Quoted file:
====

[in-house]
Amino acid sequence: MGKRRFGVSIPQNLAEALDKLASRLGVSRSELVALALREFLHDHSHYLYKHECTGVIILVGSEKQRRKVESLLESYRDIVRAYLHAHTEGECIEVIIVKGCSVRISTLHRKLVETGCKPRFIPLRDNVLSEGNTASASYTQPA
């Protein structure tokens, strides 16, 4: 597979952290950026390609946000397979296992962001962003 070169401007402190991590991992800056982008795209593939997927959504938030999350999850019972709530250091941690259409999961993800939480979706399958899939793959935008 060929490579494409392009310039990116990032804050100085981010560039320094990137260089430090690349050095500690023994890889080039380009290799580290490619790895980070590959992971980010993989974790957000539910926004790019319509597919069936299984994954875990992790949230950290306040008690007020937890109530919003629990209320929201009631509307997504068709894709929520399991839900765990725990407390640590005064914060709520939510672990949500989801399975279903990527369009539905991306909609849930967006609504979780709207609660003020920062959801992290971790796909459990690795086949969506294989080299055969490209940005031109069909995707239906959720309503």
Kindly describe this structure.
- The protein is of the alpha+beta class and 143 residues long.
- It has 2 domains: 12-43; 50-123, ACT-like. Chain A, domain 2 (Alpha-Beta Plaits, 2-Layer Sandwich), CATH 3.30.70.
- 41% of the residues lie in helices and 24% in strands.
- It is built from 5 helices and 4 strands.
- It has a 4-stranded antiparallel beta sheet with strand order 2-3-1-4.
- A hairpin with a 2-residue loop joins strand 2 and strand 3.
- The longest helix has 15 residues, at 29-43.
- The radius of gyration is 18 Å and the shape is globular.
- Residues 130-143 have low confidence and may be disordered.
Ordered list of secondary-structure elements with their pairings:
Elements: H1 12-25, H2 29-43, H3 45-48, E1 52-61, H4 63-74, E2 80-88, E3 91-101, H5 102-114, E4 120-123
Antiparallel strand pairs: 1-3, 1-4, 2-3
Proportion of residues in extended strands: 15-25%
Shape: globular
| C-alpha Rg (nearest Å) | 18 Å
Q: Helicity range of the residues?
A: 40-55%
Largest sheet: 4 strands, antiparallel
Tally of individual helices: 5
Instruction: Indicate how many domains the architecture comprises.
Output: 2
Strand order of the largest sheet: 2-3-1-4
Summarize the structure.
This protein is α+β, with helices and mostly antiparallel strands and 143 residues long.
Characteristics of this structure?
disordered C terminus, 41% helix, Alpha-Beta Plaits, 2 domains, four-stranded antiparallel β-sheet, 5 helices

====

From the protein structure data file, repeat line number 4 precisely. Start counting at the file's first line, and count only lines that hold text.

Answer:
Kindly describe this structure.